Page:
By Carol Pizatto: Policy Lab is known for its diverse team of analysts, ethnographers, policy makers and last, but not least, designers like me. The team has also appointed the world’s first Policy Designer – as lobbied for by former ‘labber’ Laurence Grinyer. So combining design and policy is at the heart of Lab, and I wanted to share some of the lessons I’ve learnt in the eight weeks I (a designer and civil service newbie) spent there.
Lesson #1: Be prepared for the ‘wicked’ problems. Policy design is more than service design. Policy is not a simple set of steps – problems have multiple casualties and are changing all the time. To succeed means to engage multiple actors into the right mindset.
A great example of this was our recent session with the Department for Transport to consider government’s role in Smart Shipping. Eighty-five people gathered at the Norton Rose Fullbright. Our first challenge was working out what the question really was – a key part of design but something policy-makers, under pressure to deliver, can skip over. Together, we thought about the people we were designing for: who were they; what had been their experience so far; what were their hopes and fears? This helped us define the challenge. Then we looked at different ways of addressing that challenge and explored the resources we’d need – and who should be involved.
So, we can build energy and excitement in one day, and get lots of ideas going. But how do we turn that into policy?
Lesson #2: policy makers often feel more comfortable dealing with a scientific approach than a cognitive argument based on people’s actions and behaviours. However, it is the combination of both that delivers excellent ideas. Designers bring flexibility and creativity that policy-makers could learn from. Policy-makers remind designers that Ministers need the hard evidence too.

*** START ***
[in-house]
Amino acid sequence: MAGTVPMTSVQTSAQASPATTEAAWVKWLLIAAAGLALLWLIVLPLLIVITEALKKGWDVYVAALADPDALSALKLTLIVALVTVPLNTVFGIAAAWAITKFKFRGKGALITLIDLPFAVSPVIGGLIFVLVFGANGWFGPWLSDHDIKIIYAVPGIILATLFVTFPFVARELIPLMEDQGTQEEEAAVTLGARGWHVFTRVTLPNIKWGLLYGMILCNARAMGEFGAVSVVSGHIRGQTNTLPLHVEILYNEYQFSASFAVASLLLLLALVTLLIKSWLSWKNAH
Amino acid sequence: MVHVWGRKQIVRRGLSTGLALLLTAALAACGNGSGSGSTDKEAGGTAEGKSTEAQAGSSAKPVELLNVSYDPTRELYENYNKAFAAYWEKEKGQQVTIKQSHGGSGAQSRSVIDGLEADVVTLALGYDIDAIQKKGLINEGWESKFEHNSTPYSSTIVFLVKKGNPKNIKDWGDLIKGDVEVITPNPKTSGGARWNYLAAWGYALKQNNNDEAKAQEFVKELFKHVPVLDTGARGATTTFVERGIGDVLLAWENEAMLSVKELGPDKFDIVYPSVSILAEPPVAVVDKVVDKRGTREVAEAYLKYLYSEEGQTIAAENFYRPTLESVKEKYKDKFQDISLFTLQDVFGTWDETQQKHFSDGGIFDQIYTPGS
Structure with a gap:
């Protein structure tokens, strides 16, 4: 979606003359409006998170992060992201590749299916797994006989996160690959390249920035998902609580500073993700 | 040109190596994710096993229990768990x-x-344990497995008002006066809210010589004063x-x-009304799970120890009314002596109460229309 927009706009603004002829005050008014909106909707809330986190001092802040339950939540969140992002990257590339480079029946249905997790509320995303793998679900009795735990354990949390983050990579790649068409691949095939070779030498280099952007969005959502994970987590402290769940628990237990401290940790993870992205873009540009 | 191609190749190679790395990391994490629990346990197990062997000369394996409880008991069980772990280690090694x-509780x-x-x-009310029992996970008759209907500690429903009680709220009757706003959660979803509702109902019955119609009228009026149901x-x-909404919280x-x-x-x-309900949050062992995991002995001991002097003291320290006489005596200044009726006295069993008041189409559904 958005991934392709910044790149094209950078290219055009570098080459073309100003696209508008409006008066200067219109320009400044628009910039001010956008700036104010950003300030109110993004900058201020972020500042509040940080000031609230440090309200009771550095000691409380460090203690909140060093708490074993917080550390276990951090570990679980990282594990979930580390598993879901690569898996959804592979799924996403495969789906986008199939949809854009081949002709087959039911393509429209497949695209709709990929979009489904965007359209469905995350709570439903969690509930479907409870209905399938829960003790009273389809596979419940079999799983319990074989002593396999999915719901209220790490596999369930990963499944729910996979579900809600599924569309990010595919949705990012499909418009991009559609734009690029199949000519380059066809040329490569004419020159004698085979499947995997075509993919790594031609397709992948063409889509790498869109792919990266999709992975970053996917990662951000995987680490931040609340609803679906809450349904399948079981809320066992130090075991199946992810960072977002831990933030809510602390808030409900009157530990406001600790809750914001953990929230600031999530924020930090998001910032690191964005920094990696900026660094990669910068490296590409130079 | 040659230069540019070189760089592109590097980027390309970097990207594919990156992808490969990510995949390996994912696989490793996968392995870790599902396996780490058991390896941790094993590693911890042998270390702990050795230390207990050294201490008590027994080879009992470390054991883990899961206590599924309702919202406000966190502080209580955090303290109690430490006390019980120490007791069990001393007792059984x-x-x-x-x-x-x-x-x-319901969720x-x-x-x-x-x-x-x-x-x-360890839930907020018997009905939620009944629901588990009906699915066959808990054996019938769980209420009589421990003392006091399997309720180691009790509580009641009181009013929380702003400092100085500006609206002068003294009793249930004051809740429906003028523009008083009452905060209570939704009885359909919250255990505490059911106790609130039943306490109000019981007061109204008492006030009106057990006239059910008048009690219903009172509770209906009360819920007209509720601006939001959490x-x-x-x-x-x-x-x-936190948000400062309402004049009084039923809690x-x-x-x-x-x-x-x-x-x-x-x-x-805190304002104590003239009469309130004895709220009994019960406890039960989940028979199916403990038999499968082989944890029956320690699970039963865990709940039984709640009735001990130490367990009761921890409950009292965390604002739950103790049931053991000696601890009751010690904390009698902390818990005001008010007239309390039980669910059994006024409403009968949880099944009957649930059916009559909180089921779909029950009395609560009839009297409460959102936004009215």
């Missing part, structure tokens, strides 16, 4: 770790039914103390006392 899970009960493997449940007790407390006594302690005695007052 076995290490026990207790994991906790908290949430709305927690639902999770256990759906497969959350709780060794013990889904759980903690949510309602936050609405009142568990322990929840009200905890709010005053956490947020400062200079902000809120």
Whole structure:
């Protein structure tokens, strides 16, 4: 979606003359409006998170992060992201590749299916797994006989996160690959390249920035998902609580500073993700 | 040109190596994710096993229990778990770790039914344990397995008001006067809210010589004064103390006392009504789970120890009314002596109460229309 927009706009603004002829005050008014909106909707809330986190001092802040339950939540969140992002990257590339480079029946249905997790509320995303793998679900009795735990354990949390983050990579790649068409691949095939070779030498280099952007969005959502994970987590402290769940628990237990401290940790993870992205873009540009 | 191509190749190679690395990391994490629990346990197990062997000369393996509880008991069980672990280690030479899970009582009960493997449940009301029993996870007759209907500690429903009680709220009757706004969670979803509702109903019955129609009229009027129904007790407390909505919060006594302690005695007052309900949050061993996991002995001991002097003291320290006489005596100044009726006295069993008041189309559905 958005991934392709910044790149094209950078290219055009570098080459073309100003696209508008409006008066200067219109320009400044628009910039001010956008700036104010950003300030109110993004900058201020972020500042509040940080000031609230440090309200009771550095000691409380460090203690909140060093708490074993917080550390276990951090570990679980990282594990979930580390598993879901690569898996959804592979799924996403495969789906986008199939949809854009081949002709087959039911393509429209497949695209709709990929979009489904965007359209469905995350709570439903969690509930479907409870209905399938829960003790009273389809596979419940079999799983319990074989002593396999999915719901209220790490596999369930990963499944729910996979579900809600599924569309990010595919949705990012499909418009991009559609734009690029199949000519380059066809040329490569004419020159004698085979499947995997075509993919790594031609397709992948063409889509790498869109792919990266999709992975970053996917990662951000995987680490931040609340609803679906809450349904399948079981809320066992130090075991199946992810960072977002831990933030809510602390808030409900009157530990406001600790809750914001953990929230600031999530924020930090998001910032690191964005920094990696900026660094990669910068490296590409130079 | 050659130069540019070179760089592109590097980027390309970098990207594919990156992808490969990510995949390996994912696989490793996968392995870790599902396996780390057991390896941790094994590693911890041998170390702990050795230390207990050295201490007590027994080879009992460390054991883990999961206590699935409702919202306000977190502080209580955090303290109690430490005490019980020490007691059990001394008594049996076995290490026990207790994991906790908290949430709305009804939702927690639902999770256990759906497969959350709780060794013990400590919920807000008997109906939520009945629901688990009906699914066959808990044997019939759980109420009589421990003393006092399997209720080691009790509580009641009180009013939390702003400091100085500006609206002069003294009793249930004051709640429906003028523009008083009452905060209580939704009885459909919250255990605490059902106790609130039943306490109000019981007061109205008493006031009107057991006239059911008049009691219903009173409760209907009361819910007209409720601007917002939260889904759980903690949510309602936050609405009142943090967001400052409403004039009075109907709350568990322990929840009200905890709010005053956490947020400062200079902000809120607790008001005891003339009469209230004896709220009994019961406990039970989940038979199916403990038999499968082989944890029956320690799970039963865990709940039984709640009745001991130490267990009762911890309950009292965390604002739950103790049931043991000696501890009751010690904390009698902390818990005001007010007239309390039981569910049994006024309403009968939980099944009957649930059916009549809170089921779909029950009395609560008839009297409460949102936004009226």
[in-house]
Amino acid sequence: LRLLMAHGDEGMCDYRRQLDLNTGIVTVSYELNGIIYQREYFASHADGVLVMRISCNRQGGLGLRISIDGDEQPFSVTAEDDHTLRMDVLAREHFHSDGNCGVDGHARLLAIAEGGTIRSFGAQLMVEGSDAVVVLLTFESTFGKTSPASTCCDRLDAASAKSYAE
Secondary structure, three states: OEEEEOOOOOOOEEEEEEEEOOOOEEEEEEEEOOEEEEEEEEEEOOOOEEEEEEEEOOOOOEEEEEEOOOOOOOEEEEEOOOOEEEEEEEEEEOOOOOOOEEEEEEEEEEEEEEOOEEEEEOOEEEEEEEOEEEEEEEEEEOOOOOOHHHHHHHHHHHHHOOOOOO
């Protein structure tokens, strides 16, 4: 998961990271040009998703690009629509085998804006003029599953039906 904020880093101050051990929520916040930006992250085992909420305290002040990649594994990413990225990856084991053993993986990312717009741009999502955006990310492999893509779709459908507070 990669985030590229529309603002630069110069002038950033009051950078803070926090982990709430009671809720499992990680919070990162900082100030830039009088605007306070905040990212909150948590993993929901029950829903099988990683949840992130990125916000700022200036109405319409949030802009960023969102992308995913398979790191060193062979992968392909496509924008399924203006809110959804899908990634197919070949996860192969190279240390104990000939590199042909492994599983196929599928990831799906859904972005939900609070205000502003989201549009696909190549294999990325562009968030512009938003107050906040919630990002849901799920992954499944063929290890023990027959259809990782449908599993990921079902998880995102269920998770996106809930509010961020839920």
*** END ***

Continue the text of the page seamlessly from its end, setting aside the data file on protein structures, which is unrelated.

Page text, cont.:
It is this combination that inspired the transformation of our grid of 28 styles of government intervention into a set of cards which were tested in our session with DfT. We made these cards to push policy-makers to think bigger about the potential levers available to them. But during testing we realised they were also useful to inform, guide and engage other stakeholders in the ways policy can be delivered by Government. We posted the cards to slideshare yesterday – please try them out!
You could argue that by providing these options, we narrow the scope for the very creativity we hope to spark. But experience has told us that it often has the opposite effect: the limitations are based on evidence and research, and combined with other Lab techniques help reach that creative ‘sweet spot’ Beatrice blogged about last week. And of course the set is still a prototype – it will never really be finished – so please keep giving us your feedback.
As a designer, I wanted to make policy-makers’ creative exercise easier and simplify the tools as much as possible. I used our emerging policy-making map (Vasant will blog about this soon!) and guides made by the Policy Profession to understand the system in which they operate. That’s when I encountered lesson #3: Designers seek simplicity, but in policy there is no such thing as simple. So your role as a designer should be as navigator: creating new paths or helping find the way through existing ones, rather than simply simplifying.
My short time in Lab didn’t give me all the answers. But it did reinforce to me the role of designers as facilitators – how we might help structure discussions, encourage user-centred perspectives, inspire new thinking, and what we can learn from the messy, complex and fascinating world of policy.
Carol Pizatto is now a Service Designer at Ministry of Justice User-Centred Policy Design Team. Carol worked with Policy Lab for 3 months as a designer.